The effect of the overhaul programme is somewhat patchy, Alasdair
That old cliche about ’having to run hard just to stay in the same
place’ could have been invented for the Mirror. Unfortunately, for many
periods over the last decade or so, the Mirror has had the athletic
abilities of an asthmatic dog.
This year, things were going to be very different. In January, the
Mirror Group began a commitment, expected to cost pounds 16 million over
two years, to overhaul the paper. An editorial relaunch has already seen
the word ’Daily’ dropped from the masthead and the introduction of the
picture-dominated, almost text-free front pages much beloved of
publishers on the Continent and in the US. That has been backed up on
the marketing side by promotions and tactical TV advertising.
The result? The Mirror’s average daily sale in January was 2,457,000,
down from 2,560,052 for the same period in 1996 - a year-on-year decline
of 4 per cent. However, the January sale was up by 150,804 copies a day
- or 6.5 per cent - on the December average sale. But performance was
patchy. In the week ending 4 January 1997, the paper sold an average of
2,770,000, which is excellent in a week that took in the tail end of the
festive season. Yet, by the last week in January, the daily average was
down to 2,370,000. That, in anyone’s terms, is perilously close to being
back at square one.
So, senior Mirror executives must have been feeling slightly nervous
last Tuesday evening when the Sun began advertising its latest audacious
marketing coup - a free giveaway tie-up with Camelot to promote the
first midweek lottery draw. The Sun printed and distributed eight
million copies last Wednesday and though there were complaints that the
stampede meant that loyal readers had to go without their paper, it was
an awesomely good promotion - especially considering it was paid for by
This in the week that the Mirror was spending more than pounds 1 million
to promote the launch of its new ’syndicate’ game. As a News
International source put it: ’They must be sick. They’ve spent all that
money launching their game and got nothing for it. We’ve blown them out
of the water.’
Do they feel sick? Not at all, senior Mirror sources say. The syndicate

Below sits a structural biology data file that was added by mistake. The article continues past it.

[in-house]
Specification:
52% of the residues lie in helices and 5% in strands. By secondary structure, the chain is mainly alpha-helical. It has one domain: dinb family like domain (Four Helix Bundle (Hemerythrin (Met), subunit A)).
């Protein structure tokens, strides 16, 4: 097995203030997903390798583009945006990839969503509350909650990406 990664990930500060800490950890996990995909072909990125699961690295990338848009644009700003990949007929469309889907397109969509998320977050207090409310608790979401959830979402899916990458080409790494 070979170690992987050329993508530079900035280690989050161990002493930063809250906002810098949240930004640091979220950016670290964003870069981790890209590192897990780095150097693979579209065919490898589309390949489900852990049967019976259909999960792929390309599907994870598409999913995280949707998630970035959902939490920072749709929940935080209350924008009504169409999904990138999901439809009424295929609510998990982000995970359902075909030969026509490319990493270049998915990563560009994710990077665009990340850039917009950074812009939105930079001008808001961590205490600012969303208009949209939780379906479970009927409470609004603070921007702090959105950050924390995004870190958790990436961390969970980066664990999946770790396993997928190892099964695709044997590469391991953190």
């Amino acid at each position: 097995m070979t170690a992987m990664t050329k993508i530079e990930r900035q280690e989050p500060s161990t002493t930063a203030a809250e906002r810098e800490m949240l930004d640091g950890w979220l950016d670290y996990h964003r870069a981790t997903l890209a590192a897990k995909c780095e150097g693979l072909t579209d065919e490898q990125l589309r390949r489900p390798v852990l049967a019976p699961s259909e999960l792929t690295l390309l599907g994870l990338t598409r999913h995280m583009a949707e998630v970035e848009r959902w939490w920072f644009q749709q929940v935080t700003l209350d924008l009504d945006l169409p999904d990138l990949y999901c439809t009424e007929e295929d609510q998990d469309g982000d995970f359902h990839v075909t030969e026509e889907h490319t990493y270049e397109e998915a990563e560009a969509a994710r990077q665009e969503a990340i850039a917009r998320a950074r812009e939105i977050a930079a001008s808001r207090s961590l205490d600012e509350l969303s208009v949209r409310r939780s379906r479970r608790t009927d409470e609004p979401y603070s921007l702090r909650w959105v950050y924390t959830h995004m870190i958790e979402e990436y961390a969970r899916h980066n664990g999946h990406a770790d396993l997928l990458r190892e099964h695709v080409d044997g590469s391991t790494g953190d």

promotion has been a resounding success and circulation was actually up
by 15 per cent on Camelot Winsday.
But, in general, they are pretty upset that the market isn’t giving them
any breathing space. The overhaul programme is only a month old and a TV
branding campaign broke only this week. The message is: give us a
But, in PR terms, the Sun initiative was a great success, especially in
the advertising world. Agencies tend to believe that the Sun’s ability
to steal the Mirror’s thunder is symptomatic. Colin Gottlieb, the
managing partner of Manning Gottlieb Media, argues that Mirror
management lacks chutzpah. ’The only one I’d exclude from that is the
editor, Piers Morgan.
Without him, I’d hate to think what the circulation would be.’
Priscilla Rogan, the deputy media director of WCRS, says that she’d love
to be proved wrong about the Mirror, but she believes that it is still
miles off the pace. ’We know that this market is price sensitive. It is
unlikely that the Mirror will put on sales while it remains two pence
more expensive than the Sun.
I’m also not at all convinced by the editorial changes - it’s trying to
be all things to all people,’ she says.
Rogan agrees that the paper still has to address some fundamental
cultural problems: ’The Sun is lively and dynamic in all aspects of its
The Mirror isn’t really proactive. It follows rather than leads. It
needs to inject some dynamism into the brand and then start promoting
Easier said than done, I’m afraid.’